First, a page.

Abstract [from journal]
Background & aims: The Affordable Care Act provided the opportunity for states to expand Medicaid for low-income individuals. Not all states adopted Medicaid expansion, and the timing of adoption among expansion states varied. Prior studies have shown that Medicaid expansion improved mortality rates for several chronic conditions. Although there are data on the association between Medicaid expansion on insurance type among patients waitlisted for a liver transplant, there are no data on its impact on liver disease-related mortality in the broader population. We therefore sought to evaluate the association between Medicaid expansion and state-level liver disease-related mortality using a quasi-experimental study design.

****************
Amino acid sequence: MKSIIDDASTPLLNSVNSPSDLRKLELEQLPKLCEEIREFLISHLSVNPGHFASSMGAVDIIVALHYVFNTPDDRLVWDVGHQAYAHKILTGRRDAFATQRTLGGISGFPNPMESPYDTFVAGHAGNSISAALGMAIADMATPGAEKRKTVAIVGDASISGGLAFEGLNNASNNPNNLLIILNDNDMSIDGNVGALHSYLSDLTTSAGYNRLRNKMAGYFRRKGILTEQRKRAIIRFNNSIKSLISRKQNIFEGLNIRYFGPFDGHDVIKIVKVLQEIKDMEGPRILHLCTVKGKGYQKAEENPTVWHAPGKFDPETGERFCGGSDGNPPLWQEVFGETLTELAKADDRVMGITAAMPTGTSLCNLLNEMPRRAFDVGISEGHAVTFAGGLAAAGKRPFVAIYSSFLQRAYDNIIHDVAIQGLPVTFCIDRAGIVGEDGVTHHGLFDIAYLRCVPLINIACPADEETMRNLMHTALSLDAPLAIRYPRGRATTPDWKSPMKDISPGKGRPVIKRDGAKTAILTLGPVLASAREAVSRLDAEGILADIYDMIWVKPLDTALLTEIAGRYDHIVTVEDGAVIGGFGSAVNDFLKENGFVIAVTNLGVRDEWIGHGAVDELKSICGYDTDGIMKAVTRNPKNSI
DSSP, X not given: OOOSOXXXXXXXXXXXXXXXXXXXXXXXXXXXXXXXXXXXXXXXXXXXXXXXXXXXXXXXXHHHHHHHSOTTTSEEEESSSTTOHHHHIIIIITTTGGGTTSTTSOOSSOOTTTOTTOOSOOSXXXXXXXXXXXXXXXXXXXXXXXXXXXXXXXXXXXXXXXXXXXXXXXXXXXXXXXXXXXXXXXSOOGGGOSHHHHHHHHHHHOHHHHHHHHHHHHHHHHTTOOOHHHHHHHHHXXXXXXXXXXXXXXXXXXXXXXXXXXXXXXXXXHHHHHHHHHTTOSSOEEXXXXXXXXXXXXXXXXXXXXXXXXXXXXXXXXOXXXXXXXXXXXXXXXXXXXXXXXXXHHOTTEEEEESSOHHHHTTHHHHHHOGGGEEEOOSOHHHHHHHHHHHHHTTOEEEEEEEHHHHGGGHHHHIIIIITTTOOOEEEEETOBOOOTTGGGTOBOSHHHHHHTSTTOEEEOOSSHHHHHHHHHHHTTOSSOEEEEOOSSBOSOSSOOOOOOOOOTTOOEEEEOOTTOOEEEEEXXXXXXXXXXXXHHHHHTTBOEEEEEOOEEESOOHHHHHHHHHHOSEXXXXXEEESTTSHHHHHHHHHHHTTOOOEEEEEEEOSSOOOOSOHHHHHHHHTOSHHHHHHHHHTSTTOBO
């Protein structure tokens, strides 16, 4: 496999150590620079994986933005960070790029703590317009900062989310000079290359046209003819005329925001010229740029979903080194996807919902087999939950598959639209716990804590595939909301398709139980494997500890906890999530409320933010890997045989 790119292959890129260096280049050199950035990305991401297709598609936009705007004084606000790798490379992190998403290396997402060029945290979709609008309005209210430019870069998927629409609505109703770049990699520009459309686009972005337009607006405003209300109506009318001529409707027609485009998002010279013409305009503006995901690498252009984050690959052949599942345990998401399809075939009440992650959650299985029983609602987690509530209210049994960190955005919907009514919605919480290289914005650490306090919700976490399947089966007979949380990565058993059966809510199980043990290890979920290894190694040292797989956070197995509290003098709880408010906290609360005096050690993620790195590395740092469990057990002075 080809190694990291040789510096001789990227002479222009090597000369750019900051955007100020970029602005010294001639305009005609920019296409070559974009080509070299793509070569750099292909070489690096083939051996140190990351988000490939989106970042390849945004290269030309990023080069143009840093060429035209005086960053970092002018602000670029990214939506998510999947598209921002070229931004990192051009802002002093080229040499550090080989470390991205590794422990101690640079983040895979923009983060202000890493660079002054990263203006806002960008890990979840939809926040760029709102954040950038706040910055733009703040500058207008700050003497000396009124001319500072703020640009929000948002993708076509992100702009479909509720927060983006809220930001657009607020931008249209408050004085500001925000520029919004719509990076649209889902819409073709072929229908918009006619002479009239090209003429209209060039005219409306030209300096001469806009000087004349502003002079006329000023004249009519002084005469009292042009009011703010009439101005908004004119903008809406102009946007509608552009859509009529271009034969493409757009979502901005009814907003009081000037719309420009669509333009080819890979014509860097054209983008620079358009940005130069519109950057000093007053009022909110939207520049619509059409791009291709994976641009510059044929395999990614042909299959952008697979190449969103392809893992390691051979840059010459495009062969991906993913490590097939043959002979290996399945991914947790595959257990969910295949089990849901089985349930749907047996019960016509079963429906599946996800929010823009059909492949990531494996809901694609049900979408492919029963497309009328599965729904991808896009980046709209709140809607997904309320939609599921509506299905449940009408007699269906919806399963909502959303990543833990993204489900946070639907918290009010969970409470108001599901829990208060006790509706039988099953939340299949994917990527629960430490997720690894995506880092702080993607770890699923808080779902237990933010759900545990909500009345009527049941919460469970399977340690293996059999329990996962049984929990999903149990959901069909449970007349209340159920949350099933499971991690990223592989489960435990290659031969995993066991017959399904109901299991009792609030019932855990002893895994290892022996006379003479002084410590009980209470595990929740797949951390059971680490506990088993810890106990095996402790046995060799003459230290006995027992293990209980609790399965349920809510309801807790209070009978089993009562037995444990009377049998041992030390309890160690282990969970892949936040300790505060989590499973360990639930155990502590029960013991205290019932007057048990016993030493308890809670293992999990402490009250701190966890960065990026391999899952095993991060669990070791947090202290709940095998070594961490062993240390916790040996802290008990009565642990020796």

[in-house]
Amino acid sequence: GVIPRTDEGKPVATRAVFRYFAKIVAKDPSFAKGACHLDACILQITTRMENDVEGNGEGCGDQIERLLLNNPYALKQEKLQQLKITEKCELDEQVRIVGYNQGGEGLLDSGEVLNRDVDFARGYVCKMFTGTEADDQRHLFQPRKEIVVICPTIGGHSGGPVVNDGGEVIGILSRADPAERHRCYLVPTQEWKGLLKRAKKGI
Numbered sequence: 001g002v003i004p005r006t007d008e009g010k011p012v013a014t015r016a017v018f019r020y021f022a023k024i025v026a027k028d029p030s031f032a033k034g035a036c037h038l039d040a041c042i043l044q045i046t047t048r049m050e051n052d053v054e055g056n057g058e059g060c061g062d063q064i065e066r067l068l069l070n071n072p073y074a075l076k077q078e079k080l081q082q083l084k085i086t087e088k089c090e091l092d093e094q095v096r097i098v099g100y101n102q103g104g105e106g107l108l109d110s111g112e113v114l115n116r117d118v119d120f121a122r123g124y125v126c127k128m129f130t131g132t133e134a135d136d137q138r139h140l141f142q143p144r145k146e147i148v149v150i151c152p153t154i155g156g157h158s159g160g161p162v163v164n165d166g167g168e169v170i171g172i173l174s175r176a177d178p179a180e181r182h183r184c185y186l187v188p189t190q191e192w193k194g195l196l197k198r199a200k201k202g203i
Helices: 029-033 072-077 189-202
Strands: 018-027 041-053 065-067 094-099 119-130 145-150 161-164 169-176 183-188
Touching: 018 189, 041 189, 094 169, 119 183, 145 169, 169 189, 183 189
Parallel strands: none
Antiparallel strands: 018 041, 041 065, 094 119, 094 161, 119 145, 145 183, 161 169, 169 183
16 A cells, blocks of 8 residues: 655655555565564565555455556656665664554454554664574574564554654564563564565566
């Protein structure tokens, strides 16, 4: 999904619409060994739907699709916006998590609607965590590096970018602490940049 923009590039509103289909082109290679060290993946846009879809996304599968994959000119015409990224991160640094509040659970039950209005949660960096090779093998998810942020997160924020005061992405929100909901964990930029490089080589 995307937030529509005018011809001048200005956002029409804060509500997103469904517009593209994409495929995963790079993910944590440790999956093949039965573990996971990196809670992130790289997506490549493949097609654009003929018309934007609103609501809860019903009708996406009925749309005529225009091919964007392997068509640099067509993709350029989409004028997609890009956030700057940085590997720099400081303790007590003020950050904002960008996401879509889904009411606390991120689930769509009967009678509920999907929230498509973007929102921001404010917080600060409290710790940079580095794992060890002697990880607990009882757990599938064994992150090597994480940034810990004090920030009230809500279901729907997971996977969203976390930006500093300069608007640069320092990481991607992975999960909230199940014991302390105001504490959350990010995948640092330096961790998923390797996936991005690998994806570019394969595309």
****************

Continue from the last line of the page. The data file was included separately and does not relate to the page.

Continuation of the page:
Methods: We evaluated age-adjusted, state-level, liver disease-related mortality rates using the Centers for Disease Control and Prevention data. We fit multivariable linear regression models that accounted for sociodemographic, clinical, and access-to-care variables at the state level, and a difference-in-difference estimator to evaluate the association between Medicaid expansion and liver disease-related mortality.
Results: In multivariable linear regression models, there was a significant association between Medicaid expansion and liver disease-related mortality (P = .02). Medicaid expansion was associated with 8.3 (95% CI, 1.6-15.1) fewer deaths from liver disease per 1,000,000 adult residents per year after Medicaid expansion compared with what would have been expected to occur if those states followed the same trajectory as nonexpansion states. The impact of Medicaid expansion translated to 870 fewer liver-related deaths per year in expansion states (4350 in the postexpansion study period from 2014 to 2018).
Conclusions: These data support the contention that Medicaid expansion has been associated with significantly decreased liver disease-related mortality. Universal Medicaid expansion could further decrease liver disease-related mortality in the United States.